anthro in the news 11/27/17

Grassy Narrows, Ontario, 2006. Credit: Howl Arts Collective/Creative Commons

a crime against humanity

Scales of justice. Credit: Pixabay

The Toronto Star published commentary co-authored by Stephen Bede Scharper, associate professor of environment and anthropology at the University of Toronto at Mississauga and Annamaria Enenajor, a criminal defense and constitutional lawyer. They argue that mercury poisoning at Grassy Narrows by the Canadian government and industry is a crime against humanity and is part of the legacy of decades of mistreatment of Canada’s indigenous people. Ninety percent of the community suffers from some form of mercury poisoning and it is intergenerational. They write: “One of the international crimes against humanity is persecution. A crime against humanity requires that a perpetrating state know that its conduct is part of a widespread or systematic attack directed against a civilian population. To be guilty, the government of Canada would have to know that what is happening in Grassy Narrows is happening by design and not by tragic accident.”

the costs of war crimes tribunals

An article in U.S. News & World Report reported on the end of the special Yugoslav tribunal of The Hague and considered its accomplishments and costs. The war crimes tribunal [for Yugoslavia] has been expensive to maintain. Just since 2010, more than $700 million has been spent to fund the activity of the tribunal. The article quotes Richard Wilson, Gladstein Chair and professor of anthropology and law at the University of Connecticut: “Their budget dwarfs in comparison to even the state criminal justice budgets of most American states…I believe [the special tribunal] cost over $1 billion. But it’s been running for 20 years and its budget is extremely small when comparing to national criminal justice budgets. And it had to undertake the very arduous work of examining crimes that took place almost 20 years ago.”

Mead on sexual taboos in the workplace

Slate published a piece about sexual harassment in the workplace today, drawing on an article Margaret Mead wrote in Redbook magazine in 1978 called, A Proposal: We Need Taboos on Sex At Work. Mead wrote:  What we need, in fact, are new taboos that are appropriate to the new society we are struggling to create—taboos that will operate within the work setting as once they operated within the household. Neither men nor women should expect that sex can be used either to victimize women who need to keep their jobs or to keep women from advancement or to help men advance their own careers. A taboo enjoins. We need one that saves clearly and unequivocally, ‘You don’t make passes at or sleep with the people you work with.’”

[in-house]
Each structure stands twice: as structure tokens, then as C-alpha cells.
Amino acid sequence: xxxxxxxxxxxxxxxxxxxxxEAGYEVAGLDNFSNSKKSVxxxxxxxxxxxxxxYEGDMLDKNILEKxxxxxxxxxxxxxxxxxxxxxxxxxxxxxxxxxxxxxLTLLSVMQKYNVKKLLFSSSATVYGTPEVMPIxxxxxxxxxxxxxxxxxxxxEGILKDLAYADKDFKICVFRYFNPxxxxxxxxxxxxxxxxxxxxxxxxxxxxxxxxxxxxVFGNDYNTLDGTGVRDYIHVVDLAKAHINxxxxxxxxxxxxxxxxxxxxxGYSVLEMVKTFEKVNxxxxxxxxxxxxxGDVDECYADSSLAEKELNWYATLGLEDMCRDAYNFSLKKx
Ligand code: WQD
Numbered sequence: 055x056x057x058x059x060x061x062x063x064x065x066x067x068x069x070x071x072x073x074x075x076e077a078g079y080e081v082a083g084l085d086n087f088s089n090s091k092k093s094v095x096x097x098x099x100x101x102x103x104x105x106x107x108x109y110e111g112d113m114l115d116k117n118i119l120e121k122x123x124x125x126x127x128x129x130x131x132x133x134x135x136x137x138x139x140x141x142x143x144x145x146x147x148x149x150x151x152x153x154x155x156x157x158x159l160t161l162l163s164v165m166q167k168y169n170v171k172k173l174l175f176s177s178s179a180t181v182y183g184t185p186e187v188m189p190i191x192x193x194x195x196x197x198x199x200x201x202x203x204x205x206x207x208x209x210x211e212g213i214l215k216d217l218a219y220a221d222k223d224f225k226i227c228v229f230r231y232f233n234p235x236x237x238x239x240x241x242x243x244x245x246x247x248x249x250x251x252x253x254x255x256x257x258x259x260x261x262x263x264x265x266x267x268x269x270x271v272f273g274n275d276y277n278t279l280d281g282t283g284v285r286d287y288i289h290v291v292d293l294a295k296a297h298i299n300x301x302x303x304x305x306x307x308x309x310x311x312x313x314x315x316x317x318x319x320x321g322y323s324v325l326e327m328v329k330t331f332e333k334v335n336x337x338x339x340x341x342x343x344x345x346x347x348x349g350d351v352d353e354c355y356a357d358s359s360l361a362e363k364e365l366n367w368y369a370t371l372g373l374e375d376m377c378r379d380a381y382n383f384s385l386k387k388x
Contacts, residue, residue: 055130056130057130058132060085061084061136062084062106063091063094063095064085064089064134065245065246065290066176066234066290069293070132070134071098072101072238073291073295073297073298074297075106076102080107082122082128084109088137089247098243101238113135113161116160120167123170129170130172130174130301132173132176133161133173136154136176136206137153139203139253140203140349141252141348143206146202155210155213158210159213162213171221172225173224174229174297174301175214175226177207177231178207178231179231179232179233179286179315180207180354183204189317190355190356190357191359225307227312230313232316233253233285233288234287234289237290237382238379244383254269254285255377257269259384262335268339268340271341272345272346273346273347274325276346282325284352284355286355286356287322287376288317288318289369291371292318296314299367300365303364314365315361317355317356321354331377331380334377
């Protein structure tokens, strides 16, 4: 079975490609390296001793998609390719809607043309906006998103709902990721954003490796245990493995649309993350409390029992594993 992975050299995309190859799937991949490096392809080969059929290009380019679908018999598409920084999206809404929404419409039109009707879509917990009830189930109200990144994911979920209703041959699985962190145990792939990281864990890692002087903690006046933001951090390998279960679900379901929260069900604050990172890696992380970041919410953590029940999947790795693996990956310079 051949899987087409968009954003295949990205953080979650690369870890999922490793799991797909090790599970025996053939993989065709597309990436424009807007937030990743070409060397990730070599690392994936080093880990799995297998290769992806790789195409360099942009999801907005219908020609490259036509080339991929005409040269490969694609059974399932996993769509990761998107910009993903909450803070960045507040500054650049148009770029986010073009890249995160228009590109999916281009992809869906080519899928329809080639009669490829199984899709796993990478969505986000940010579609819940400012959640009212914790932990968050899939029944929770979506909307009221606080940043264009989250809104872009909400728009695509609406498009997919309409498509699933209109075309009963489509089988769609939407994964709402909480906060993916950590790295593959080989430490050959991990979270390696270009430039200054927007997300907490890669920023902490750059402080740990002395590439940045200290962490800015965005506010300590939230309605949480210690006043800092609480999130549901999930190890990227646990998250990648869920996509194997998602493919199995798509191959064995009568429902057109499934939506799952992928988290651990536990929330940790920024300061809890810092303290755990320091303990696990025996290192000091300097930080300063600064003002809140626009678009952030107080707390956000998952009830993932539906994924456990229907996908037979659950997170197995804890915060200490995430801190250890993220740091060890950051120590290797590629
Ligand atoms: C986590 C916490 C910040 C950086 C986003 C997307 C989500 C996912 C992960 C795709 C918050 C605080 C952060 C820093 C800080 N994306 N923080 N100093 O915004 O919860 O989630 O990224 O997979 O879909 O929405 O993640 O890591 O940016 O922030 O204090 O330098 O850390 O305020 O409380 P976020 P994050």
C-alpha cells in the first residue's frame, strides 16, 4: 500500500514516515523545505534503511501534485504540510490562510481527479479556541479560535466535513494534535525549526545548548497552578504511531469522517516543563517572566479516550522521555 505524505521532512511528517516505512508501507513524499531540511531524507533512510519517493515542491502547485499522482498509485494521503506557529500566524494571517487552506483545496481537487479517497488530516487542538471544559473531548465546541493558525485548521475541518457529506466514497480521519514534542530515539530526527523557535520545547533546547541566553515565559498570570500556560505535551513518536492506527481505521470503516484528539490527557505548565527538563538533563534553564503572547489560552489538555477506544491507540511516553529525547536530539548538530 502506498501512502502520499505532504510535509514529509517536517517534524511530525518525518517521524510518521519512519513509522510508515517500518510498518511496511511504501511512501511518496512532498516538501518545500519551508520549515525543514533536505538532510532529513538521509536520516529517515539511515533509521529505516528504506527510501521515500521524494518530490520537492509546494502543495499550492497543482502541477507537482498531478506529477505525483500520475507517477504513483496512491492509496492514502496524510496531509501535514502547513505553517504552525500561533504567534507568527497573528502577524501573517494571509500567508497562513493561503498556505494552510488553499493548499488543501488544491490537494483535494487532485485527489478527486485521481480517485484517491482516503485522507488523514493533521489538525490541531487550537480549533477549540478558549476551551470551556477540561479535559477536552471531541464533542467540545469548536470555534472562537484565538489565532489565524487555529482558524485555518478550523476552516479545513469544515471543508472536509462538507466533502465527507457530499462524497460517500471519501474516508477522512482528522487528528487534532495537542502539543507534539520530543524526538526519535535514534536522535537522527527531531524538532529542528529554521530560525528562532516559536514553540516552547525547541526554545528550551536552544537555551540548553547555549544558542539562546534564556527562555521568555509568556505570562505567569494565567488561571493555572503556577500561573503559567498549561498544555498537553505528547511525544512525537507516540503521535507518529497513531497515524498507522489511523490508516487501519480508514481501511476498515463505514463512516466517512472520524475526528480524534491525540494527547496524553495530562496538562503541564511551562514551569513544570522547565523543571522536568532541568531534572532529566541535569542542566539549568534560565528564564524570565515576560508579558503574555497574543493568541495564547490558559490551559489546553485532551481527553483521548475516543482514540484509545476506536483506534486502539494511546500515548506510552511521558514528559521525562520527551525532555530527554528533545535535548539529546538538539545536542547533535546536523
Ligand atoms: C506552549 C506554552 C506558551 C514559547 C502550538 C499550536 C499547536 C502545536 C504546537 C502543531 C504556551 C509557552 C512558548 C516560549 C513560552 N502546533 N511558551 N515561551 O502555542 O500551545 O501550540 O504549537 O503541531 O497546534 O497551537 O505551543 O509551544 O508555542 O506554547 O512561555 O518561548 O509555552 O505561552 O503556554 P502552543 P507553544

U.S. plans to deport Haitians 

The Valley News (New Hampshire/Vermont) reported on local reactions to Donald Trump’s plan to end the Temporary Protected Status (TPS) for 60,000 Haitians affected by the 2010 earthquake who have been living and working in the U.S. since then. The article includes a comment by Chelsey Kivland, assistant professor of anthropology at Dartmouth College, whose research focuses on street politics and violence in Port-au-Prince. She expressed deep concerns about the announcement, “mainly because the effects of the earthquake are not temporary…I do understand that TPS is something that’s not supposed to last forever, but at the same time, it’s supposed to expire when the effects of the disaster have expired, and that is not the case in Haiti. Conditions are such there that the country should continue to qualify for TPS.”   

take that anthro degree and…

…work in digital marketing and research. Farzin Andrew Espahani is vice president of growth & marketing with Solution21 in Orange County, California. His experience is in online performance marketing, web publishing, search engine marketing, and business development, which he combines with research on human behavioral ecology and human decision making. Espahani has a B.A. in sociology and an M.A. in biocultural anthropology from California State University at Fullerton.

shipwrecks found off the coast of Egypt

The Daily Mail reported on the discovery of three sunken Roman ships in Abu Qir Bay during excavations by the Egyptian Ministry of Antiquities’ Underwater Archaeology Department and the European Institute of Underwater Archaeology.  A head carved from crystal is thought to portray Marcus Antonius, and three gold coins date to Rome’s first emperor, Augustus, who ruled from 27 BCE to 14 CE. Mostafa Waziri, head of the Supreme Council of Antiquities, said: ‘The excavations indicate that a fourth vessel is likely to be found during the coming working season.” 

thermal imaging advances archaeology

An article in The Valley News (New Hampshire/Vermont) described the use of advanced technology in archaeological research being carried out in a field that once housed a late 18th century Shaker village in New Hampshire. In searching for the foundations of stone buildings, forgotten roadways, and other remains of the community. Jesse Casana, associate professor of anthropology at Dartmouth College, and Chad Hill, research associate and lecturer in the anthropology department at Dartmouth College, are using a drone equipped with a thermal imaging camera and mapping instruments. The camera can identify remnants of buildings and other structures up to several feet below the surface. By using the drone, the researchers can survey an area in minutes that might take months with traditional methods. “If you look, you see a flat field but below it there are big stone walls. There are cellars. There is a big old well, all kinds of stuff you can’t see on the ground,” Casana. “Those things have different thermal properties. If you capture an image at the right moment, you can see it — which is amazing.” 

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